Vicinity adds blockchain trial to $75 million solar and storage plans

The completed solar rooftop at Castle Plaza, SA. Image: Supplied

ASX-listed retail asset manager Vicinity Centres has turned its $75 million solar and storage plans up a notch with the announcement of a trial of energy sharing blockchain technology, in partnership with local Australian start-up, Power Ledger.
The trial will integrate Power Ledger’s energy management platform with the megawatts-worth of rooftop solar and battery storage Vicinity is rolling out, as part of an industry-leading effort to cut its commercial property power consumption by 40 per cent.
Those plans kicked off in May of this year, when Vicinity announced the roll-out of more than 11MW of commercial solar in a $28 million project that would incorporate five shopping centres across Western Australia and South Australia.
As we reported then, that plan – Stage 1 – was expected to notch up a couple of records for Australia: the largest single commercial array (5.8MW at Elizabeth City Centre in SA) and the “largest battery installation” (500kWh) at a shopping centre nationally.
In Stage 2, announced earlier this month, the plan was dramatically ramped up to a $75 million spend, across three more states – Victoria, New South Wales and Queensland – and adding “other energy technologies” to the mix.
Enter Power Ledger. The Perth-based company kicked off trials of its peer-to-peer energy trading technology in 2016, on the Western Power network.
As we explained then, the P2P platform is based on blockchain – the software that underpins bitcoin, the virtual currency that has proved popular in many markets.
The technology works to identify the ownership of energy as it is generated and then to manage multiple trading agreements between consumers who buy excess solar direct from the original owner/producer, without the addition of market costs and commercial margins.
Since 2016, Power Ledger has gone from strength to strength, with multiple trials in Australia – including residential projects in partnership with major utilities AGL Energy and Origin – and abroad, in markets including Japan, Thailand and the US.
Most recently, the company’s US partner, Clean Energy Blockchain Network (CEBN), was tapped to manage credits generated by the use of renewable energy in electric vehicle charging in California’s Silicon Valley.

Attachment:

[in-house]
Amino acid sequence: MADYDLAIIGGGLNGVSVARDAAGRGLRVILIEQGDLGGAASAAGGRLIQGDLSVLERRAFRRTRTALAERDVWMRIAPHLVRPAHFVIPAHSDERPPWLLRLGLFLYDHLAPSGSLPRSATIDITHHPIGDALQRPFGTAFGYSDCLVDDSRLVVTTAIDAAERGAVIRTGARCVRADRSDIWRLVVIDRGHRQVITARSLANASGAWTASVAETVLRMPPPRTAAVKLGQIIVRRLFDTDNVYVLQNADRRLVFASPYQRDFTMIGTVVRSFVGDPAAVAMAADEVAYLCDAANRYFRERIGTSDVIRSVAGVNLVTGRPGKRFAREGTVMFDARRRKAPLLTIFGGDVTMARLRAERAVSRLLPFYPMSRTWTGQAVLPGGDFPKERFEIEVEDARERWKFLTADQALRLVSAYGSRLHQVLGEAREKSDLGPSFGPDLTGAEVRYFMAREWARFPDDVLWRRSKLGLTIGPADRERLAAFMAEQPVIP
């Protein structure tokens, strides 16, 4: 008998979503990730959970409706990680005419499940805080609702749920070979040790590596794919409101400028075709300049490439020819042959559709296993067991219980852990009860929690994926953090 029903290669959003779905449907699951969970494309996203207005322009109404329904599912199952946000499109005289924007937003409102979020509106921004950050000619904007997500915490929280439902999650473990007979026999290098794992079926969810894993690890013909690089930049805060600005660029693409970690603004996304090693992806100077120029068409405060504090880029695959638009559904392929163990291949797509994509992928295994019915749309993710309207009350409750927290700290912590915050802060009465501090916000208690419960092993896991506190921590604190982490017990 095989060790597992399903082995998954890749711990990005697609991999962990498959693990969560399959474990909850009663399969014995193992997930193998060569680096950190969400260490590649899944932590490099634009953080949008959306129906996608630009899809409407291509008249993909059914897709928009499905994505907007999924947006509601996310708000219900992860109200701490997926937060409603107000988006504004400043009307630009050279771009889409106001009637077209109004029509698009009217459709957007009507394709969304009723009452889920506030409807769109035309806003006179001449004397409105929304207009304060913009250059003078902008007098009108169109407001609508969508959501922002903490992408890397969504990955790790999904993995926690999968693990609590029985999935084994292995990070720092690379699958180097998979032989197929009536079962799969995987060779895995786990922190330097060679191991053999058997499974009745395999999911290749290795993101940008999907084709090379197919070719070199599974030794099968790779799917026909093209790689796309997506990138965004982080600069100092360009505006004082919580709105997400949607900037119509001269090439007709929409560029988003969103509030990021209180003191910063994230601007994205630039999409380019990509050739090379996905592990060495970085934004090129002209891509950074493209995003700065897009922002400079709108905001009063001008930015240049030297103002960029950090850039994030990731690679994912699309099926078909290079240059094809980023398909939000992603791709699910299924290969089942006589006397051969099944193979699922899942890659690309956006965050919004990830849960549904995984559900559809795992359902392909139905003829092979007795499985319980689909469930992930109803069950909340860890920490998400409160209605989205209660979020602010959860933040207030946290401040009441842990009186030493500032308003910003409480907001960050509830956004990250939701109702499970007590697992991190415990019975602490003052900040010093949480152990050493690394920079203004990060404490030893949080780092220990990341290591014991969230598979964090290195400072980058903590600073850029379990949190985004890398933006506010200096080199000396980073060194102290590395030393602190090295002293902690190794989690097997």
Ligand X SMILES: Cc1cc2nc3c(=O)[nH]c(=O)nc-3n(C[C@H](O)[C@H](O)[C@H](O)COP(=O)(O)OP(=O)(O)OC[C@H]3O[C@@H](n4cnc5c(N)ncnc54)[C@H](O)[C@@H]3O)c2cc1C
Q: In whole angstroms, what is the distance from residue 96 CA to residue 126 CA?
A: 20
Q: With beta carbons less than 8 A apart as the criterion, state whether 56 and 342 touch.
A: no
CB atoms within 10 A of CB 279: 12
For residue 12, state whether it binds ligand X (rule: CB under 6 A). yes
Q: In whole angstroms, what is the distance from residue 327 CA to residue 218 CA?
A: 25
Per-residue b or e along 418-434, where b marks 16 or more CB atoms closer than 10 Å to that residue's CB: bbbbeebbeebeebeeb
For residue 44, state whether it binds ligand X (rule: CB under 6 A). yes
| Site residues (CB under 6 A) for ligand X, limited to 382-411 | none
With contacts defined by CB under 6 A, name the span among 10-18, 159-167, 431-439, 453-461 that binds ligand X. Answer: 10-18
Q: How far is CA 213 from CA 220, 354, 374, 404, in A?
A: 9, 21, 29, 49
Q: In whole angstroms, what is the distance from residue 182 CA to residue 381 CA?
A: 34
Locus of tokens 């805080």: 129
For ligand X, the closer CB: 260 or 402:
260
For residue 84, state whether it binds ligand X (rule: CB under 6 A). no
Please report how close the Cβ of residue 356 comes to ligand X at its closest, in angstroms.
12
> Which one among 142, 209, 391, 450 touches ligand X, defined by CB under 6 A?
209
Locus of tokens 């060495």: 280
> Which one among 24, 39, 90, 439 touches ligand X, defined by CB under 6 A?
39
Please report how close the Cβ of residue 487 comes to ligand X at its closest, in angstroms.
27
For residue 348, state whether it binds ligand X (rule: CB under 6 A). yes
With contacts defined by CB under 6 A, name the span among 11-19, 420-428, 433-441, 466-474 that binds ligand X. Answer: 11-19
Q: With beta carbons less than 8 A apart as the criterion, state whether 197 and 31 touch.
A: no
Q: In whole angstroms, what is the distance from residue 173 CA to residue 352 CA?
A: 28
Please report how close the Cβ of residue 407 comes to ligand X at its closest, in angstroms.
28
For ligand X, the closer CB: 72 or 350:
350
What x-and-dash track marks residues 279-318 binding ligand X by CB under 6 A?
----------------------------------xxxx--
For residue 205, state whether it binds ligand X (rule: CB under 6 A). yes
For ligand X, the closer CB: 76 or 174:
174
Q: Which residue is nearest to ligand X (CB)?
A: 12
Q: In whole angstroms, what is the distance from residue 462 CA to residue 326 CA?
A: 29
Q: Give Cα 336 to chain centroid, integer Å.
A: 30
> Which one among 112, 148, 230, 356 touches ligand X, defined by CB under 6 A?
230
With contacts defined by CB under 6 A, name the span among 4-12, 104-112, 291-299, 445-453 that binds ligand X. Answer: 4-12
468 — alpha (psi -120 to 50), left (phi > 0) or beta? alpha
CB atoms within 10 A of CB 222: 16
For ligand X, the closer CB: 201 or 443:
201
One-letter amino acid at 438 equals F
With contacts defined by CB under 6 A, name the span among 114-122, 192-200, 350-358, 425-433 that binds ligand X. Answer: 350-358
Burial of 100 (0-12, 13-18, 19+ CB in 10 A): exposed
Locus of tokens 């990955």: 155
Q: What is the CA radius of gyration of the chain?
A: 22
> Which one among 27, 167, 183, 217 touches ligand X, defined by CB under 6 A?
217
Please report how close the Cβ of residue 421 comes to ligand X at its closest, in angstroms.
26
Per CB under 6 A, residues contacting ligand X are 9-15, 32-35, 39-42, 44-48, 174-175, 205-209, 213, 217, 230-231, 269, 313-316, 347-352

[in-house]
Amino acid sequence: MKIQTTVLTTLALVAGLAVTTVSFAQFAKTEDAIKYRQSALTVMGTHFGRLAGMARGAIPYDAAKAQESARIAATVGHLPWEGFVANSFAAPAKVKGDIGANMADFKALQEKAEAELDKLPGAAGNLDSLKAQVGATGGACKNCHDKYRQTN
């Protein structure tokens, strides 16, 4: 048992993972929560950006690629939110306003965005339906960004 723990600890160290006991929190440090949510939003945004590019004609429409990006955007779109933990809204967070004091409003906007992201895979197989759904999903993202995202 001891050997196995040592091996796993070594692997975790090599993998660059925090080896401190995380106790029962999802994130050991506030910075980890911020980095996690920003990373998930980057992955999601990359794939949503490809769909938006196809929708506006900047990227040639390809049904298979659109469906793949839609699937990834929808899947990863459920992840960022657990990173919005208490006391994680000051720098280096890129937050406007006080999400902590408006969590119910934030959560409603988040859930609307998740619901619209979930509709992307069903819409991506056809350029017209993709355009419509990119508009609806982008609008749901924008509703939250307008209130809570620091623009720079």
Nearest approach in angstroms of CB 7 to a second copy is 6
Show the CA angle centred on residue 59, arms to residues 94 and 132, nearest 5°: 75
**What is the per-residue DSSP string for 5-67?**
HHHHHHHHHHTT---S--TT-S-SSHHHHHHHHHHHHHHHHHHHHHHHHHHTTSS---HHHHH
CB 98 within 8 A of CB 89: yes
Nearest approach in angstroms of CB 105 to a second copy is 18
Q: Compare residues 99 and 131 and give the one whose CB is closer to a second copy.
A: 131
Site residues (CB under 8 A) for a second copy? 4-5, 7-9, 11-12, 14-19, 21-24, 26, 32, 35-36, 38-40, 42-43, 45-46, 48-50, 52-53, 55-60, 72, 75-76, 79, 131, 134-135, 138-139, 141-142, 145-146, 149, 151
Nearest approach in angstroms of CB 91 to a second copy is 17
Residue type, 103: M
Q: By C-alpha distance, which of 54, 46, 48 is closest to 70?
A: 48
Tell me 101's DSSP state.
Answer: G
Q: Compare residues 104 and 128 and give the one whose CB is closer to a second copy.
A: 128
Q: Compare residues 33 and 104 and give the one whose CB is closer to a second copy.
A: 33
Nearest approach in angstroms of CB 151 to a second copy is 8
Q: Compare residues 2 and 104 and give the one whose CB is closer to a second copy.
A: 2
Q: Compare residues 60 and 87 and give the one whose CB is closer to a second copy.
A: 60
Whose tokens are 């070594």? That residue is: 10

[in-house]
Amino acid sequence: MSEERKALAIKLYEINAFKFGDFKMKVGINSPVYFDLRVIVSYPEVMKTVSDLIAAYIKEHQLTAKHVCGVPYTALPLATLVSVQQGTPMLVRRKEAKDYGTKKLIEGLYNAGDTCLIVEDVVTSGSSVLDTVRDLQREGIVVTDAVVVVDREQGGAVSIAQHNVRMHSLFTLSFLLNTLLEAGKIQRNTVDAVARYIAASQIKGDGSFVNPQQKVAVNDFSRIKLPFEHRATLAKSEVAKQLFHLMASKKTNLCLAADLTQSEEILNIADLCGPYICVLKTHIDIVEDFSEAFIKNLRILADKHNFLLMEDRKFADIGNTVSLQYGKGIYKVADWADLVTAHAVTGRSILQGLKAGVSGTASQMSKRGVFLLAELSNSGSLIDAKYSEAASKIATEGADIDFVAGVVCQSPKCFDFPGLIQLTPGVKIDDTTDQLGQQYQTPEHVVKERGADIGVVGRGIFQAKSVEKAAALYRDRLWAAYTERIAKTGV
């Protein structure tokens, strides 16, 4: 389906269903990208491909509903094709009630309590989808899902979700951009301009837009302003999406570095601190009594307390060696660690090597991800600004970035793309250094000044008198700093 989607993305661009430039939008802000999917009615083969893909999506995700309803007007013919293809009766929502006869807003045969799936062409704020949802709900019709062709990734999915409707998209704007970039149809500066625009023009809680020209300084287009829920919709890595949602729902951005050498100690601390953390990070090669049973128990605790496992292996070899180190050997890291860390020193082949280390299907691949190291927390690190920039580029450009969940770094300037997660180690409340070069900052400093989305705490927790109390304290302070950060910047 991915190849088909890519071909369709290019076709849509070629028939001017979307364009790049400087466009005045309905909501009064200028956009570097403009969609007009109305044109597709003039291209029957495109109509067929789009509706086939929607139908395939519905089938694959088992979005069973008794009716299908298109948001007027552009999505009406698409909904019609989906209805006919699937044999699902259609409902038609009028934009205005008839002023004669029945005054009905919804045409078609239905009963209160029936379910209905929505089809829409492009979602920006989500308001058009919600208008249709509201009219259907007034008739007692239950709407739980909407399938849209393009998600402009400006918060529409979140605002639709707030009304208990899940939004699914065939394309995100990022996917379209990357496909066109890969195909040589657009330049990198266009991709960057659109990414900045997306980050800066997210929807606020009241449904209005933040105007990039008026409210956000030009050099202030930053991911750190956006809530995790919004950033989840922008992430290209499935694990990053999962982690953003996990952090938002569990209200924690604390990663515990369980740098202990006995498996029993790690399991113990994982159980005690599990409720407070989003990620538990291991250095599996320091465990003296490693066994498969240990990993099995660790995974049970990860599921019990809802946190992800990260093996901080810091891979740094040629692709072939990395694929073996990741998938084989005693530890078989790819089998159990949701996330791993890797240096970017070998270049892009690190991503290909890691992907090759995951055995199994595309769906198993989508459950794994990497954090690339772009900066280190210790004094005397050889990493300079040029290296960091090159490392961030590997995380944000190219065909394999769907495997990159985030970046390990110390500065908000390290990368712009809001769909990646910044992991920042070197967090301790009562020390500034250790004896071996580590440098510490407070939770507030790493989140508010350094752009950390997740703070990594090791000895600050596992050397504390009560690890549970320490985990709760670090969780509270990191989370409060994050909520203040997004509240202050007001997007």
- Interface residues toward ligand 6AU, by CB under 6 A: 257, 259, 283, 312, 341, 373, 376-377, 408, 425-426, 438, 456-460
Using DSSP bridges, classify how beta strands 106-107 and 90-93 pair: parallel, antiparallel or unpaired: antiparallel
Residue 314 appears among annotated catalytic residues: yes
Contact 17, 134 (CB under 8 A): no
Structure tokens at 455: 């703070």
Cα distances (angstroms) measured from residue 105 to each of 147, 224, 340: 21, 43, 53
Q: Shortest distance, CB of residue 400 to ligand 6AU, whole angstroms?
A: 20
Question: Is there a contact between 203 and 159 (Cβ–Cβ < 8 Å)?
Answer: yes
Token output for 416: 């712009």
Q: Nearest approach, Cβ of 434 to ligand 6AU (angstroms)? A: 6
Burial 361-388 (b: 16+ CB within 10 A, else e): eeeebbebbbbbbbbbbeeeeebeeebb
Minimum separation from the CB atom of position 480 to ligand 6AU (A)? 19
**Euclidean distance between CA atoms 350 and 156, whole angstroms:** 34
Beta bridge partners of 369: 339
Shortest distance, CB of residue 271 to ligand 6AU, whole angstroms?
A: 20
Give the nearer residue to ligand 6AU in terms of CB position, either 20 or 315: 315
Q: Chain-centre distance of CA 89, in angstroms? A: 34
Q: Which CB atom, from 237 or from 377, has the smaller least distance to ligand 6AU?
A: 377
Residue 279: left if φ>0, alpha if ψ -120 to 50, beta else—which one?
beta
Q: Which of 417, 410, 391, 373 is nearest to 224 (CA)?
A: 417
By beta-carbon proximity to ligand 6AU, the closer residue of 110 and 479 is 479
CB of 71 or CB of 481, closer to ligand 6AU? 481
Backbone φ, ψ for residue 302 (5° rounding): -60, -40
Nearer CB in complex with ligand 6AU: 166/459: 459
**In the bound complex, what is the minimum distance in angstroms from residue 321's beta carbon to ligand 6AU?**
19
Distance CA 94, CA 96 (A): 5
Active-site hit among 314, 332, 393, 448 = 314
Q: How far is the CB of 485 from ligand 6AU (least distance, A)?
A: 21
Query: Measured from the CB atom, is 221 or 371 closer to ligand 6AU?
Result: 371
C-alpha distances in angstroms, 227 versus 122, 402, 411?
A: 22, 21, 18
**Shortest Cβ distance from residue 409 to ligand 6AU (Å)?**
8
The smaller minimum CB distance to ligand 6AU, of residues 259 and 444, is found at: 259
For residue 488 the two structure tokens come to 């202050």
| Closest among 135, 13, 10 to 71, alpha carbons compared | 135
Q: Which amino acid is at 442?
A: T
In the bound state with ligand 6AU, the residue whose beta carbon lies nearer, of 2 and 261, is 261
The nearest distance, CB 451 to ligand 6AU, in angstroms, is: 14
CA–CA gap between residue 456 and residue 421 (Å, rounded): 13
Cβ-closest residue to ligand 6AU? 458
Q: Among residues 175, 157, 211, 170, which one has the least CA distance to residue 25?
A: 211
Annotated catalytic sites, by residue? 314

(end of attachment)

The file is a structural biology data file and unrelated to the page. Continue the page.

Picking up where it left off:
Vicinity said its own trial of Power Ledger’s technology would begin at Castle Plaza in South Australia (it’s solar rooftop is pictured above) and would be used to manage the shopping centre’s energy use and distribution in real-time, switching between solar and national grid energy.
Ultimately, however, the plan is to use the platform to supply renewable energy to the shopping centres’ neighbouring communities, via their own secure solar and storage networks.
“Vicinity is one of the first property companies in Australia to be trialling energy blockchain technology and we’re committed to continuing that leadership through our integrated energy strategy,” said Vicinity’s head of shopping centre management, Justin Mills in comments on Tuesday.
“We understand internationally there are already property groups exploring Power Ledger’s platform however Vicinity is the first retail-based company globally to partner with them for this type of project,” he said.
“Our aim is to create interconnected communities as part of our integrated energy strategy. Our priority is to consume the solar and battery energy on-site, to reduce our reliance on the national grid and provide our retailers with a buffer from the volatile energy market.
“We know there are going to be times, such as when the centre is closed, when we will have excess energy which we may trade back into the grid. The trial, announced today, will also look at how we could, in the future, use peer-to-peer trading to sell our renewable energy to the communities around our centres, unlocking more affordable energy for our customers.”
Mills said the future of energy was about creating interconnected communities, including on-site generation, which was why peer-to-peer energy trading would also be considered as part of Vicinity’s mixed-use strategy, with a significant development pipeline of projects in planning.
Power Ledger managing director and co-founder David Martin described Vicinity as an industry leader on sustainable energy.
“The introduction of blockchain technology makes sense to its business,” Martin said. “It’s a smart solution for Vicinity as they pioneer the new energy economy.”

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